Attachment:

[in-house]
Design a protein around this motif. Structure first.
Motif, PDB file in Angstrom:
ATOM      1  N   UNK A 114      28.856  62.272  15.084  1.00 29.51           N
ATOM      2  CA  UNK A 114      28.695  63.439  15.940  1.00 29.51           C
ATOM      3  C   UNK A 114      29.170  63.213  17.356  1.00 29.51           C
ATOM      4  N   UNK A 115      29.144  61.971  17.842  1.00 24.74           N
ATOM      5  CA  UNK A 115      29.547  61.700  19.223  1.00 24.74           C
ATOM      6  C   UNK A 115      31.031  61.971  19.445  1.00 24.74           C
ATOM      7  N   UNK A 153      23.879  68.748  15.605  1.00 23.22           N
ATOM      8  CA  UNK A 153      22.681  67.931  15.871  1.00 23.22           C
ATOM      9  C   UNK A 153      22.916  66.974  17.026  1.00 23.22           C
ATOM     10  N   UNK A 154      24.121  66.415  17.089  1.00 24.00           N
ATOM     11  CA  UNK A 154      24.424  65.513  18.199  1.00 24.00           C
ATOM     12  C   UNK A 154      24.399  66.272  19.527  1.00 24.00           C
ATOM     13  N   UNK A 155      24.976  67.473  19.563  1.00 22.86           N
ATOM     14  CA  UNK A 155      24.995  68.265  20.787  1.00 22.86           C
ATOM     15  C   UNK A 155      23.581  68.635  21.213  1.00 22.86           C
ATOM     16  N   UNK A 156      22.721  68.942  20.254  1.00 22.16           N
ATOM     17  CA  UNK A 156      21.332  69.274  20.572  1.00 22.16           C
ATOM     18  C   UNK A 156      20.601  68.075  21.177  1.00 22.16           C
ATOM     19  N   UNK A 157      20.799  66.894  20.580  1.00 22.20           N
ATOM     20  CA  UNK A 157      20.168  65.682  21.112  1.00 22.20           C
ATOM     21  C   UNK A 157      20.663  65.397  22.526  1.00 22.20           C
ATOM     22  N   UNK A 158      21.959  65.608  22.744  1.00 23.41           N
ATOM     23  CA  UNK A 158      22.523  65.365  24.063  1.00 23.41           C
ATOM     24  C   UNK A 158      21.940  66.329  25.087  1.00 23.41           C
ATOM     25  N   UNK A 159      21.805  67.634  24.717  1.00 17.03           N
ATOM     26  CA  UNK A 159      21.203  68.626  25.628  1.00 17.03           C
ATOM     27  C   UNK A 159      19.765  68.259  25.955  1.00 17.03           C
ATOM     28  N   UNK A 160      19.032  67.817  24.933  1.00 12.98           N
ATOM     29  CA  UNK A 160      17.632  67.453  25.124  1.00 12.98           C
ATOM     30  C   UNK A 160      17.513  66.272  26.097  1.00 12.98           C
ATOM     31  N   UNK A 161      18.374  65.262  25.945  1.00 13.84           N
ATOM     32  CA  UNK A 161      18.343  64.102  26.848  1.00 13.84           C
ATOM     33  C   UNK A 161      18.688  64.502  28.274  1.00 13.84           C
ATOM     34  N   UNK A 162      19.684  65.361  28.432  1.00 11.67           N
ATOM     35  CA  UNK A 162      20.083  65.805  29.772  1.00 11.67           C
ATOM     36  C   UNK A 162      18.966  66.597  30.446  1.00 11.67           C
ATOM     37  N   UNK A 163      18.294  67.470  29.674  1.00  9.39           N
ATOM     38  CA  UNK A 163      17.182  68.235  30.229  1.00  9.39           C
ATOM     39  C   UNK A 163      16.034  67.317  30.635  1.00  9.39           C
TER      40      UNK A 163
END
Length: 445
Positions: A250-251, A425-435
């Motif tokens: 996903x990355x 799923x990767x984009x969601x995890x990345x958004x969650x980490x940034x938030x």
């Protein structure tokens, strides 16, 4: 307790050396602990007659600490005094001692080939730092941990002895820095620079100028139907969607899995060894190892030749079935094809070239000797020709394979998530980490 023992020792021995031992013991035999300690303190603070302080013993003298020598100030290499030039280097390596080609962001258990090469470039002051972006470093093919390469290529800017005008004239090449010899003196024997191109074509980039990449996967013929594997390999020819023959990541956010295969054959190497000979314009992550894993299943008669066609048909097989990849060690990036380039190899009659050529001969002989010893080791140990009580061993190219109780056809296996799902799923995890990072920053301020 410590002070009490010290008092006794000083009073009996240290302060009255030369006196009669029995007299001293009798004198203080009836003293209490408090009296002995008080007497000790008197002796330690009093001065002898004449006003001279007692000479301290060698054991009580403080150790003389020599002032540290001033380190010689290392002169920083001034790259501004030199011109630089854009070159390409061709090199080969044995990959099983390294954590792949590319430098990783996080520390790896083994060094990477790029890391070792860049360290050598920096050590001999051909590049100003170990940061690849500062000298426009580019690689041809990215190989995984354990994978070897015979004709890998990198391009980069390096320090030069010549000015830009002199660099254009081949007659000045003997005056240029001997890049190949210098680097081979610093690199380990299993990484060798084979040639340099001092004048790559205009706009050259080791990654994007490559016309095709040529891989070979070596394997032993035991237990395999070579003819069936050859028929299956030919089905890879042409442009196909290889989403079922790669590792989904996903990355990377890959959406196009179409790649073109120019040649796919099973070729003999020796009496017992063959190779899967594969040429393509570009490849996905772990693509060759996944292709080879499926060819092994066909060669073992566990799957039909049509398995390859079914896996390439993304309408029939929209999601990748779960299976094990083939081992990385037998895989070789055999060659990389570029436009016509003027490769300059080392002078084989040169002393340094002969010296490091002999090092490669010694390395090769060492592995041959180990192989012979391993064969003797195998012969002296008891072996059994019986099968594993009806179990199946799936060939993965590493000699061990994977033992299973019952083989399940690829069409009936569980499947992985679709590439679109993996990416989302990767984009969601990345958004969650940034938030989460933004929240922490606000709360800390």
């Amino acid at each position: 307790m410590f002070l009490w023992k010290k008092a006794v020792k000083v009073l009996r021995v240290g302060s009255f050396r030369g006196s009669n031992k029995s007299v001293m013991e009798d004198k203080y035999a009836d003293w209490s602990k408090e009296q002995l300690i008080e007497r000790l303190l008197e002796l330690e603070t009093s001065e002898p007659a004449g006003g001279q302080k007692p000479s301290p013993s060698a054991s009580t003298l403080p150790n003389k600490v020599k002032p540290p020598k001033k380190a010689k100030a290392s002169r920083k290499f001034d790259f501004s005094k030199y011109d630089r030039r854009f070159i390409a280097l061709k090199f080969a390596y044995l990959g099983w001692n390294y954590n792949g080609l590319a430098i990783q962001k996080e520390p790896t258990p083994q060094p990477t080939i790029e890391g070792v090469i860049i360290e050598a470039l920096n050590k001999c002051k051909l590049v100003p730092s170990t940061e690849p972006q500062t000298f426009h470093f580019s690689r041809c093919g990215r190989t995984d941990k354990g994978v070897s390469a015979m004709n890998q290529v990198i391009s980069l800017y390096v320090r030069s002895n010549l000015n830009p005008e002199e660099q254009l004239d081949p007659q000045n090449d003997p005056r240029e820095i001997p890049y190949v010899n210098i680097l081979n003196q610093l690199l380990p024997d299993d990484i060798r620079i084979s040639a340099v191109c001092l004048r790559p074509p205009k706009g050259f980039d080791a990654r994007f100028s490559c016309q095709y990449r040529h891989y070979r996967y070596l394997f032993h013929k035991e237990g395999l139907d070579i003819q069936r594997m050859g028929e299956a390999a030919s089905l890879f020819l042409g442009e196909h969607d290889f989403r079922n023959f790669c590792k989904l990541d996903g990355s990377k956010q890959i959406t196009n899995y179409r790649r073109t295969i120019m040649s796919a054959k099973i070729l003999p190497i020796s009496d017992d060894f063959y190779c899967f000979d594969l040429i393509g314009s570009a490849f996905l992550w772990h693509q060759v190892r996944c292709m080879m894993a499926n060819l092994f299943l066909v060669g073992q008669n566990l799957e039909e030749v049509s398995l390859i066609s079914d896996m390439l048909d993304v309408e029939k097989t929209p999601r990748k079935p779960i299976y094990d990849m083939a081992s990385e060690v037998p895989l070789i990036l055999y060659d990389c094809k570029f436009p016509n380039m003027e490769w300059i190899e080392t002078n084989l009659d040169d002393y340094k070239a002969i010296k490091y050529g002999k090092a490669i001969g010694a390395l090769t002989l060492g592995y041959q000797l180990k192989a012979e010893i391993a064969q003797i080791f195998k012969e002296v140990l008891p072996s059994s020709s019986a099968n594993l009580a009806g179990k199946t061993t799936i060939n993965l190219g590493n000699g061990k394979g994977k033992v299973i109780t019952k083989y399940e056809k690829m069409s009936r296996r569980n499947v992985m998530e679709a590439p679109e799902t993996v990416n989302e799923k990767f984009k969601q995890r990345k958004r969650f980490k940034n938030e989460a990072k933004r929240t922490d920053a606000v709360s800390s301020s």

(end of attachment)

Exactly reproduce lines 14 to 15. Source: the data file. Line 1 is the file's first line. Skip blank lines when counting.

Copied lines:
ATOM     11  CA  UNK A 154      24.424  65.513  18.199  1.00 24.00           C
ATOM     12  C   UNK A 154      24.399  66.272  19.527  1.00 24.00           C